Post by orin stepanek » Mon Nov 23, 2020 1:32 pm

JupiterVista_JunoGill_1080.jpg
Sort of like a stick or stone would do in water; these clouds seem to split and go around something! :mrgreen:
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Re: APOD: A Jupiter Vista from Juno (2020 Nov 23)

Post by Chris Peterson » Mon Nov 23, 2020 1:42 pm

Michael J Joniec wrote:
Mon Nov 23, 2020 12:08 pm
What are the light colored dots all over the photo? Close inspection reveals many, many dots. Thanks! MJJ
This image has been heavily contrast enhanced, which means any hot or warm pixels are going to be very apparent. There are naturally such pixels with this camera, and there are also pixels that are transiently hot because of being hit by cosmic rays or local radiation during the exposure (and the spacecraft is operating in a high radiation environment).
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Re: APOD: A Jupiter Vista from Juno (2020 Nov 23)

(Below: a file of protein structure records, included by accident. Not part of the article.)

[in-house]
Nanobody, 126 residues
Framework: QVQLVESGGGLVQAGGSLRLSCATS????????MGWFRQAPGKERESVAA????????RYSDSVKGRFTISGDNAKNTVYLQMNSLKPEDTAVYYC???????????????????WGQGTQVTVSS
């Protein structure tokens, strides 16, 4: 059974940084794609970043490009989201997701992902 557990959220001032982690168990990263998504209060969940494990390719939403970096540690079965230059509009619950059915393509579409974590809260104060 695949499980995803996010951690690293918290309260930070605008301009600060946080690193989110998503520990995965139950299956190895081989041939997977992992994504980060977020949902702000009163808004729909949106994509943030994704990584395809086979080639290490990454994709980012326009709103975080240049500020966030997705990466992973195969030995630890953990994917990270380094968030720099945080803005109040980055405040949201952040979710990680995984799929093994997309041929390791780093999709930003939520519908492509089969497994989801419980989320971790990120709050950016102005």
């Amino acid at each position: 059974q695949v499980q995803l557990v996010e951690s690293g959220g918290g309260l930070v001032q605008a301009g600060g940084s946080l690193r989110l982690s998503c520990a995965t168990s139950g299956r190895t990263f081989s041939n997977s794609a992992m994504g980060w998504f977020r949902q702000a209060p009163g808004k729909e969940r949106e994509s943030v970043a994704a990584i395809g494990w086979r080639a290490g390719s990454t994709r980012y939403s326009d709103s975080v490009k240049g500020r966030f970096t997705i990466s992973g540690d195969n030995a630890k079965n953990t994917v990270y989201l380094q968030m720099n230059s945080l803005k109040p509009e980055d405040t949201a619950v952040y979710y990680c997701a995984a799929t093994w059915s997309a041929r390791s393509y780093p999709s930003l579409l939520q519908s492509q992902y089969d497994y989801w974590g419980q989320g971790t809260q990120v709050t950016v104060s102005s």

Post by NCTom » Mon Nov 23, 2020 2:06 pm

Thanks, Orin, for pointing out that feature. I was curious about it as well. That would be one mighty big mountain top to reach that high! Maybe it is the wake from a Jovian submarine just below the surface. Being a little more serious, could a storm just below the surface cause the trailing streams?

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Re: APOD: A Jupiter Vista from Juno (2020 Nov 23)

Post by E Fish » Mon Nov 23, 2020 2:10 pm

orin stepanek wrote:
Mon Nov 23, 2020 1:32 pm
JupiterVista_JunoGill_1080.jpg

Sort of like a stick or stone would do in water; these clouds seem to split and go around something! :mrgreen:
It's the monolith!!

Sa Ji Tario

Re: APOD: A Jupiter Vista from Juno (2020 Nov 23)

Post by Sa Ji Tario » Mon Nov 23, 2020 2:26 pm

Orin, it seems to me that it is because of the small whirlpool above and to the left